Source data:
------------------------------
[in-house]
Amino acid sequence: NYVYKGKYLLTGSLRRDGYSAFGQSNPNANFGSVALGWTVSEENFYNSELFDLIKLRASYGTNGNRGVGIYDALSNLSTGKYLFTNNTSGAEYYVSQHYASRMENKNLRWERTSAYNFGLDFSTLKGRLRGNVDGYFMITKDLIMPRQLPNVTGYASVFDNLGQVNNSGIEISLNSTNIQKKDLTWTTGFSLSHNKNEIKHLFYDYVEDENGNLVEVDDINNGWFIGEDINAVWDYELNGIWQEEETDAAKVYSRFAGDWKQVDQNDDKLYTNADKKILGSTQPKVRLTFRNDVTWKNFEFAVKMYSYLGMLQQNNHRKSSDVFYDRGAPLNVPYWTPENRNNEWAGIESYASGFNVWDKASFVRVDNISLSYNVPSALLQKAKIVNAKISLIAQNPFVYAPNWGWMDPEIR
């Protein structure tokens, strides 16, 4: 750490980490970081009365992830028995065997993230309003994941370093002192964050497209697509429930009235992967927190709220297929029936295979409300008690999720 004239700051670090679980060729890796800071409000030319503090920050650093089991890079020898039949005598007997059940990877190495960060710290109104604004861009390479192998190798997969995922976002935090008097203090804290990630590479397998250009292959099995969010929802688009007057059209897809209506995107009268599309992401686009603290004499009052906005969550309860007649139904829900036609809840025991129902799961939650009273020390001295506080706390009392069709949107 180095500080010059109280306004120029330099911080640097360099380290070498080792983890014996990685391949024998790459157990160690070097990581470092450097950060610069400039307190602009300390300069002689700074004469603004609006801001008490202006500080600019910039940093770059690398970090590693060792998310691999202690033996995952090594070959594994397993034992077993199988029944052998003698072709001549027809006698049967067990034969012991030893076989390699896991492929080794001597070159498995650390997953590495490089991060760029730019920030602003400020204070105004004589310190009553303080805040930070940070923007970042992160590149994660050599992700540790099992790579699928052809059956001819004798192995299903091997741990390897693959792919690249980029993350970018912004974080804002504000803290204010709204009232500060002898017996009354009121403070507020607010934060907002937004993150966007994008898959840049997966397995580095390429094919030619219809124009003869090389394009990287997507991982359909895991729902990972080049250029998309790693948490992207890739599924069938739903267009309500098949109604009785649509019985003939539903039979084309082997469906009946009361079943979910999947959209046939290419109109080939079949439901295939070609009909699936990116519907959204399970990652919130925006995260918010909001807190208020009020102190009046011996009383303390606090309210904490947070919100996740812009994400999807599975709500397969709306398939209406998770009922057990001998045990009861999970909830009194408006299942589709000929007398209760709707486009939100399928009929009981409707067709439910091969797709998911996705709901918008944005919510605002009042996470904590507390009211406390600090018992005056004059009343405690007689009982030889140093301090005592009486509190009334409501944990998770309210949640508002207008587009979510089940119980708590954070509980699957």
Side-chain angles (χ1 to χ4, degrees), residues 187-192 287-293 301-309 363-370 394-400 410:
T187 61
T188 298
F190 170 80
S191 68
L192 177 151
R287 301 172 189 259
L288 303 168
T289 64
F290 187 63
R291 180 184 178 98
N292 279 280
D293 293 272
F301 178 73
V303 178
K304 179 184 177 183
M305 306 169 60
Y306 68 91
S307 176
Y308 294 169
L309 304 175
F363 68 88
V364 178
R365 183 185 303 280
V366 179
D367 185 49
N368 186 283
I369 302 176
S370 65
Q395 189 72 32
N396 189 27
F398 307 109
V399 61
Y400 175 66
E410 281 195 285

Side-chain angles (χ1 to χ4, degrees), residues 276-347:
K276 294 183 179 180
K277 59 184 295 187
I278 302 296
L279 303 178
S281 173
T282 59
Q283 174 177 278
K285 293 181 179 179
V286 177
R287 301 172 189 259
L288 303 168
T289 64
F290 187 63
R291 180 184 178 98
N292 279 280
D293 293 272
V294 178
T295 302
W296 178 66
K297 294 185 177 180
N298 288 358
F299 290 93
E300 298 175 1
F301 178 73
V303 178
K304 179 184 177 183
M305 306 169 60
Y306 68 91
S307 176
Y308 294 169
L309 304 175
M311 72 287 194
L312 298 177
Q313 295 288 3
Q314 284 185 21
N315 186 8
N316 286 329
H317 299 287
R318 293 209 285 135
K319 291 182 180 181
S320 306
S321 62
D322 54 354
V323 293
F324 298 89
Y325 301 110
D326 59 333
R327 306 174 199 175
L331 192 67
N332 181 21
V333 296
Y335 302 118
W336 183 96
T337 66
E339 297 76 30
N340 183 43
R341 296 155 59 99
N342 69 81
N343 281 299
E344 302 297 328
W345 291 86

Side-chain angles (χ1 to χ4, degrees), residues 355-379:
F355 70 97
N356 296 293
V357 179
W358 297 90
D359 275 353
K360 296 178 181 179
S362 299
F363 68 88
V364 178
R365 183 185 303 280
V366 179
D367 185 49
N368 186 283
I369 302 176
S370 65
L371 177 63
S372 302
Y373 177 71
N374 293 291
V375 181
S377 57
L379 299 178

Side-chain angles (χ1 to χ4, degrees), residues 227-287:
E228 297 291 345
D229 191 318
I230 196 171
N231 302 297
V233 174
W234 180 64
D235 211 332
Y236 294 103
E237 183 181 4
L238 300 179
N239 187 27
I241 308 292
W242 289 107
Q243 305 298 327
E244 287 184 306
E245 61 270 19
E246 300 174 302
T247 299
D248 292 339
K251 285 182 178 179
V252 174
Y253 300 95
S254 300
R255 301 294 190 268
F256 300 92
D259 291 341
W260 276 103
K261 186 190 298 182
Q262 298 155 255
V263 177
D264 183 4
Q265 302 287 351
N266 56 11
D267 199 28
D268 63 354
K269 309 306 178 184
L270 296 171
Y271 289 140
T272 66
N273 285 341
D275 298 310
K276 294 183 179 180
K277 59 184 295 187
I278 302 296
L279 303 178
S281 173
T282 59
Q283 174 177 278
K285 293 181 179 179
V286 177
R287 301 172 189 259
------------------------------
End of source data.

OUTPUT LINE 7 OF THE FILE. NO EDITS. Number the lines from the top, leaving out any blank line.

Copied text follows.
F190 170 80